Posts Tagged ‘Web’

IBM takes on enterprise cloud security

November 6th, 2014

As organizations increasingly move their operations to the cloud, they need to remain vigilant against security breaches. IBM had this in mind as it prepared a new portfolio of services designed to help secure an enterprise’s cloud operations with the same rigor that has come to be expected with in-house operations.Outsourcing6

“The move to the cloud is nothing new, but what we’re seeing now is that people are now considering moving critical workloads to the cloud,” said Marc van Zadelhoff, IBM vice president of strategy for security systems.

The Dynamic Cloud Security portfolio, available now, “allows customers to take security to the cloud with them,” Zadelhoff said.

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The portfolio concentrates on aiding enterprises in three of areas of security: authenticating access in the cloud, protecting applications and data in the cloud, and improving visibility into the effectiveness of security controls watching over cloud resources.

Over 200 engineers helped build the portfolio over the past year. The services extend IBM’s collection of security software programs, such as QRadar security event management software and the Guardian data protection software, so they can be used to guard cloud resources as well.

Initially, the services will focus on securing resources on Amazon Web Services and IBM’s own SoftLayer cloud, though they can also be used with other cloud services as well, Zadelhoff said.

The portfolio includes a central portal that offers a summary of the state of security across all of an organization’s assets. Most security breaches can take weeks or even months to discover, IBM has estimated. The longer a breach goes undiscovered, the more damage an attacker can do. So a security portal can help identify problems as soon as they arise.

The IBM services can scan the applications being used in the cloud for potential vulnerabilities, and can alert developers or system administrators of any potential security weaknesses. They can identify sensitive data in the cloud, and then monitor that data for any unauthorized usage. Pricing is based on different services used, overall usage and other factors.

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IBM itself already collects more than 20 billion daily security events in the course of its duties managing security for clients. This intelligence allows IBM to identify threats early on.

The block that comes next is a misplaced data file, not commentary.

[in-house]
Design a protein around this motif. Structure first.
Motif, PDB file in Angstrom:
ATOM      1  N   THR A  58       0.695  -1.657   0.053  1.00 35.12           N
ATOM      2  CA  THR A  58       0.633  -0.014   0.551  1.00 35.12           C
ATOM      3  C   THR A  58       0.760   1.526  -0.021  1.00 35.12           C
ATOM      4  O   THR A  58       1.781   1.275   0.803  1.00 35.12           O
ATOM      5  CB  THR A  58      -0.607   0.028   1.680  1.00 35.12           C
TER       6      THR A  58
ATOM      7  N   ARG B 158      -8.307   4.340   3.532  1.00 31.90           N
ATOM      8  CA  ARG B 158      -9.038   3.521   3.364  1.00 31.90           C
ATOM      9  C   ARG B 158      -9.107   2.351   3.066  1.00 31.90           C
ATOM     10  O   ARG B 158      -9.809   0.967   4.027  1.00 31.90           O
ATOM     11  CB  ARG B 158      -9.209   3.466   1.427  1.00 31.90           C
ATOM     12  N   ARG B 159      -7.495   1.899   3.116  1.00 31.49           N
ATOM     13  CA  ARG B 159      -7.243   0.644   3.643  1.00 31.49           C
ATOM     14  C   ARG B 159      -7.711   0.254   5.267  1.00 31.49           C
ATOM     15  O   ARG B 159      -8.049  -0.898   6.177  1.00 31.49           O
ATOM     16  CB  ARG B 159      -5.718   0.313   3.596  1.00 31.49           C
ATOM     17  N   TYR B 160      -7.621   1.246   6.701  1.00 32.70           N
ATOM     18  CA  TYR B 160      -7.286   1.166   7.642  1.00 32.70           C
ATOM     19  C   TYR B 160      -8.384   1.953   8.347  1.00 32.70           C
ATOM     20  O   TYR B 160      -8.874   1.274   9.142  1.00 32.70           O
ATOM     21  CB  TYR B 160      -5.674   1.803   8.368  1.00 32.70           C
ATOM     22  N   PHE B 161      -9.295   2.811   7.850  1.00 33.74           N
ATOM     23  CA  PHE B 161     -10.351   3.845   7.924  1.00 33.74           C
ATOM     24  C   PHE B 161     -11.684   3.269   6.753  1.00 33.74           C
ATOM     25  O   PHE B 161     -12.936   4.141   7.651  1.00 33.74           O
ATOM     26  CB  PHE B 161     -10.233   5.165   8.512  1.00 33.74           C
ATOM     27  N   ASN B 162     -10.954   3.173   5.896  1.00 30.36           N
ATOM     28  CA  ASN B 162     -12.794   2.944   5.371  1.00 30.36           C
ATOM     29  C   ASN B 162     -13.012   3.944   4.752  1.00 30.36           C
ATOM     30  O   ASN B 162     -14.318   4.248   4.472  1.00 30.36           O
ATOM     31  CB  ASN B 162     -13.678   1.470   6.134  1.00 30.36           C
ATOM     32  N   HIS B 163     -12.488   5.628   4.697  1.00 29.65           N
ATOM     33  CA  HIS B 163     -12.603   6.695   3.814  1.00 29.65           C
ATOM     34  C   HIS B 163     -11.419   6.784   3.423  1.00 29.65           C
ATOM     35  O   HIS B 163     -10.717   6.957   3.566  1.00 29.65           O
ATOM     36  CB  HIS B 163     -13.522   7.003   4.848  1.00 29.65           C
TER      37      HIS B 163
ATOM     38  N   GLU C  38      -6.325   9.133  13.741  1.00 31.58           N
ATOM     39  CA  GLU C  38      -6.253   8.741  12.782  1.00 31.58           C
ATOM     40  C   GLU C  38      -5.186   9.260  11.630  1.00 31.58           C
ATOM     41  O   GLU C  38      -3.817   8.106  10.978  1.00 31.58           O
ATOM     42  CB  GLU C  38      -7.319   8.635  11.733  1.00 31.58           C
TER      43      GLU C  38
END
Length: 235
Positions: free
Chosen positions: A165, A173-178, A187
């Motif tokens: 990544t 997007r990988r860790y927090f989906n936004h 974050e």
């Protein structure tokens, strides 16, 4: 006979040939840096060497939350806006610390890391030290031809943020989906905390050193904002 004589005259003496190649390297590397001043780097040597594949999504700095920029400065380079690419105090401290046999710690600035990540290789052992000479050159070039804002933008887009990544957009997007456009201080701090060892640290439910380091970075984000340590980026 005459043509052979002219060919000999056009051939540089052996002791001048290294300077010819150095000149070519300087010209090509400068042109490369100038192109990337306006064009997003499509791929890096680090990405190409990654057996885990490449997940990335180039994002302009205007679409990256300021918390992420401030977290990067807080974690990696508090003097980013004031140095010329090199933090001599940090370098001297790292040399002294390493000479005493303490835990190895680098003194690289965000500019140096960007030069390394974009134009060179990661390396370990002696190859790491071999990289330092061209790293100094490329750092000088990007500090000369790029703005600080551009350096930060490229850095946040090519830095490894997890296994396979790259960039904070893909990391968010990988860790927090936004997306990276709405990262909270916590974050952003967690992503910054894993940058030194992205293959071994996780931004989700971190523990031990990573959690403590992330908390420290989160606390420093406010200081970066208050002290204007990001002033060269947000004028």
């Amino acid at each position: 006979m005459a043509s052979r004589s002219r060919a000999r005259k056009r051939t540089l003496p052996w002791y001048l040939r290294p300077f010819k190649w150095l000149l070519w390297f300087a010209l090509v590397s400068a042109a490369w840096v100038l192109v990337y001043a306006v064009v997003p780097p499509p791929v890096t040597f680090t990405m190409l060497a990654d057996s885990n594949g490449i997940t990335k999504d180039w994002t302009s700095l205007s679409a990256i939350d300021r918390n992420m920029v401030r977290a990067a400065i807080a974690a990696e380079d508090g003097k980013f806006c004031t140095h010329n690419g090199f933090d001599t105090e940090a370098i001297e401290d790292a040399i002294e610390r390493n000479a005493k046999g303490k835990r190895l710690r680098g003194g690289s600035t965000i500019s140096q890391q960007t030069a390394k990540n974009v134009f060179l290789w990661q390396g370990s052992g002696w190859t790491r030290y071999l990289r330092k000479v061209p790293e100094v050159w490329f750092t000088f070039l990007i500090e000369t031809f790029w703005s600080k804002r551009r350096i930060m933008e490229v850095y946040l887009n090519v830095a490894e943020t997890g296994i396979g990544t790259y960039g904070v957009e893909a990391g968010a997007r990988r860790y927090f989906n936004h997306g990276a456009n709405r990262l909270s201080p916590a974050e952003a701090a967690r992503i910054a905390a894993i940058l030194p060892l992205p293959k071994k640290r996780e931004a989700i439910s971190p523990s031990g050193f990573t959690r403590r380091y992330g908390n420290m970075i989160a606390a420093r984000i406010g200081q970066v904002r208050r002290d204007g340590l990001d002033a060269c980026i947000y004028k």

IBM has identified security as a growth market for the company. It has acquired 12 security companies in the past decade, and has invested over $2 billion into security research, securing over 3,000 patents in this area.

In the field of cloud security, IBM will be competing against a wide variety of companies such as Symantec, Barracuda, Qualys, SafeNet, TrendMicro and WatchGuard — many of which have built up expertise in on-premise security products and services.


How can managed IT services satisfy Web development needs?

July 29th, 2014

Both companies new to and familiar with the business arena recognize that having an updated website is imperative to acquiring market share.Outsourcing5

There are a number of Web developers out in the market, but what perspectives should a managed IT services company bring to the table? Programming skills are one thing, but a solid grasp of concept design and usability must be prevalent.

What to hire

Weighing the pros and cons of outsourcing to a Web designer itself isn’t too difficult. After all, there are few people within an enterprise who have the expertise necessary to make the project run smoothly, let alone know how to work with HTML or CSS. But what should enterprises be mindful of?

Forbes contributor David Teten recently spoke with Kyle Stalzer, president of development firm Tackk, who maintained that organizations should look for Web development professionals who understand that a creating a good-looking homepage isn’t the be-all and end-all. A quality webpage fabrication firm possesses:

A team of graphic and website designers that can correlate layout, text and navigation with colors, visuals and fonts
Marketing specialists who understand what aspects of a website influence conversion rates and bolster traffic
Coders who are aware of cybersecurity needs and can spot faults that are easy to overlook or difficult to identify

Creative Bloq contributor Kyle Fiedler maintained that one of the most important aspects of creating sound website designs is usability. If potential customers find it difficult to find specific information and need a service representative to answer their questions, then the layout needs to be reassessed.

How to hire

Vendor resource management providers often conduct thorough research on prospective designers before giving their clients the go-ahead to finalize a contract. There are a number of steps these professionals take to assess a Web developer’s capabilities and limitations:

Visit previously constructed websites to see how sophisticated and navigable the implementations are
Check for online search engine patterns to figure out how difficult or easy it is to find Web pages
Speak with previous clients to get a solid idea of past experiences, looking for inconsistencies in satisfaction
Discover how transparent developers are, favoring those that create an open line of communication and maintain constant connection with clients